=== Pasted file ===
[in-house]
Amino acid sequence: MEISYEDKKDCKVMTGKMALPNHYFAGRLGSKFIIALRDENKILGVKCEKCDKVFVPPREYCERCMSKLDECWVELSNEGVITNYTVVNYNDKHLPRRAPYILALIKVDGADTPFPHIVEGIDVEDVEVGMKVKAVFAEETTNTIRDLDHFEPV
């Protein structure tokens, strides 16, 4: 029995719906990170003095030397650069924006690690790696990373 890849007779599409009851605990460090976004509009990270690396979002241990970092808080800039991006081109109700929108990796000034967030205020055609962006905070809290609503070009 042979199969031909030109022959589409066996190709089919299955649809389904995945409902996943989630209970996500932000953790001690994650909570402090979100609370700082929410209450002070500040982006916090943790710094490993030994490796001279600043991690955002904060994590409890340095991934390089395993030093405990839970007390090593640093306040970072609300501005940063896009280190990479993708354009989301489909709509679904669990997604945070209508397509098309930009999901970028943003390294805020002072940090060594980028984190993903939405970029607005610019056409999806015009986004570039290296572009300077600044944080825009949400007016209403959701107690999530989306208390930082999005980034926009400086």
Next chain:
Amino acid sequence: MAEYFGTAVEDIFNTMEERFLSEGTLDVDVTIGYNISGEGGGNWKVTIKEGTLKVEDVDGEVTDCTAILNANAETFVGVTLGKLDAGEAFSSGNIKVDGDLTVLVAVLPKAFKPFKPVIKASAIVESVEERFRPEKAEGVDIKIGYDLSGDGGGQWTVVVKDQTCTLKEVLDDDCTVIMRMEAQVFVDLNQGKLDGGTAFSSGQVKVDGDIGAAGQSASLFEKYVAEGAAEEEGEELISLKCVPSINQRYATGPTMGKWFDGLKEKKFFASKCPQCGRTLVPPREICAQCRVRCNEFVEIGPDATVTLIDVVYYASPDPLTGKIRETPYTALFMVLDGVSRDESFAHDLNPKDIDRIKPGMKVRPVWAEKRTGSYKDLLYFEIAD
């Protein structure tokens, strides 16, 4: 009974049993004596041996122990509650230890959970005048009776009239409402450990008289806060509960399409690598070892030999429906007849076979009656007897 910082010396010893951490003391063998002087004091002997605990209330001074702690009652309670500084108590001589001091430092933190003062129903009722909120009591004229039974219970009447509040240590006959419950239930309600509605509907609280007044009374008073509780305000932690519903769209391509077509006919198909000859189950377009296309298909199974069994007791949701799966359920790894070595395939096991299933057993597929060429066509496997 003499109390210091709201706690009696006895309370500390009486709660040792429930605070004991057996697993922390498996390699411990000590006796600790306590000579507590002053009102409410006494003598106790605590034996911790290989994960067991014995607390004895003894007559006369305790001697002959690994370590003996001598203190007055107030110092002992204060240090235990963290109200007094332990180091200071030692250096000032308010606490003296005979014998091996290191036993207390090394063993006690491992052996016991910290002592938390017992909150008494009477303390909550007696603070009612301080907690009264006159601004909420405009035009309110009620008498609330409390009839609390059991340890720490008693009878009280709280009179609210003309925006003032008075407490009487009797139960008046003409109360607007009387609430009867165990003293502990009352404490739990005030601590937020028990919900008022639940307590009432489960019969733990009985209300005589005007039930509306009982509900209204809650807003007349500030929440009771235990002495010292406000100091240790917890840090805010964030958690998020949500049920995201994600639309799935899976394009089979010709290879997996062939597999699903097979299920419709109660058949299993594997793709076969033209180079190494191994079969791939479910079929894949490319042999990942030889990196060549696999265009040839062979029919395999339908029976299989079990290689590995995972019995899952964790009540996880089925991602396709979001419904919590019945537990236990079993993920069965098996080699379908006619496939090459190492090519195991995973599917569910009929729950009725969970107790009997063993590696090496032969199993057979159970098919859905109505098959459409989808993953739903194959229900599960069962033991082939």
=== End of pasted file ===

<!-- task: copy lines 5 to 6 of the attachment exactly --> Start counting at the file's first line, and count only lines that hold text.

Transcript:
Amino acid sequence: MAEYFGTAVEDIFNTMEERFLSEGTLDVDVTIGYNISGEGGGNWKVTIKEGTLKVEDVDGEVTDCTAILNANAETFVGVTLGKLDAGEAFSSGNIKVDGDLTVLVAVLPKAFKPFKPVIKASAIVESVEERFRPEKAEGVDIKIGYDLSGDGGGQWTVVVKDQTCTLKEVLDDDCTVIMRMEAQVFVDLNQGKLDGGTAFSSGQVKVDGDIGAAGQSASLFEKYVAEGAAEEEGEELISLKCVPSINQRYATGPTMGKWFDGLKEKKFFASKCPQCGRTLVPPREICAQCRVRCNEFVEIGPDATVTLIDVVYYASPDPLTGKIRETPYTALFMVLDGVSRDESFAHDLNPKDIDRIKPGMKVRPVWAEKRTGSYKDLLYFEIAD
């Protein structure tokens, strides 16, 4: 009974049993004596041996122990509650230890959970005048009776009239409402450990008289806060509960399409690598070892030999429906007849076979009656007897 910082010396010893951490003391063998002087004091002997605990209330001074702690009652309670500084108590001589001091430092933190003062129903009722909120009591004229039974219970009447509040240590006959419950239930309600509605509907609280007044009374008073509780305000932690519903769209391509077509006919198909000859189950377009296309298909199974069994007791949701799966359920790894070595395939096991299933057993597929060429066509496997 003499109390210091709201706690009696006895309370500390009486709660040792429930605070004991057996697993922390498996390699411990000590006796600790306590000579507590002053009102409410006494003598106790605590034996911790290989994960067991014995607390004895003894007559006369305790001697002959690994370590003996001598203190007055107030110092002992204060240090235990963290109200007094332990180091200071030692250096000032308010606490003296005979014998091996290191036993207390090394063993006690491992052996016991910290002592938390017992909150008494009477303390909550007696603070009612301080907690009264006159601004909420405009035009309110009620008498609330409390009839609390059991340890720490008693009878009280709280009179609210003309925006003032008075407490009487009797139960008046003409109360607007009387609430009867165990003293502990009352404490739990005030601590937020028990919900008022639940307590009432489960019969733990009985209300005589005007039930509306009982509900209204809650807003007349500030929440009771235990002495010292406000100091240790917890840090805010964030958690998020949500049920995201994600639309799935899976394009089979010709290879997996062939597999699903097979299920419709109660058949299993594997793709076969033209180079190494191994079969791939479910079929894949490319042999990942030889990196060549696999265009040839062979029919395999339908029976299989079990290689590995995972019995899952964790009540996880089925991602396709979001419904919590019945537990236990079993993920069965098996080699379908006619496939090459190492090519195991995973599917569910009929729950009725969970107790009997063993590696090496032969199993057979159970098919859905109505098959459409989808993953739903194959229900599960069962033991082939």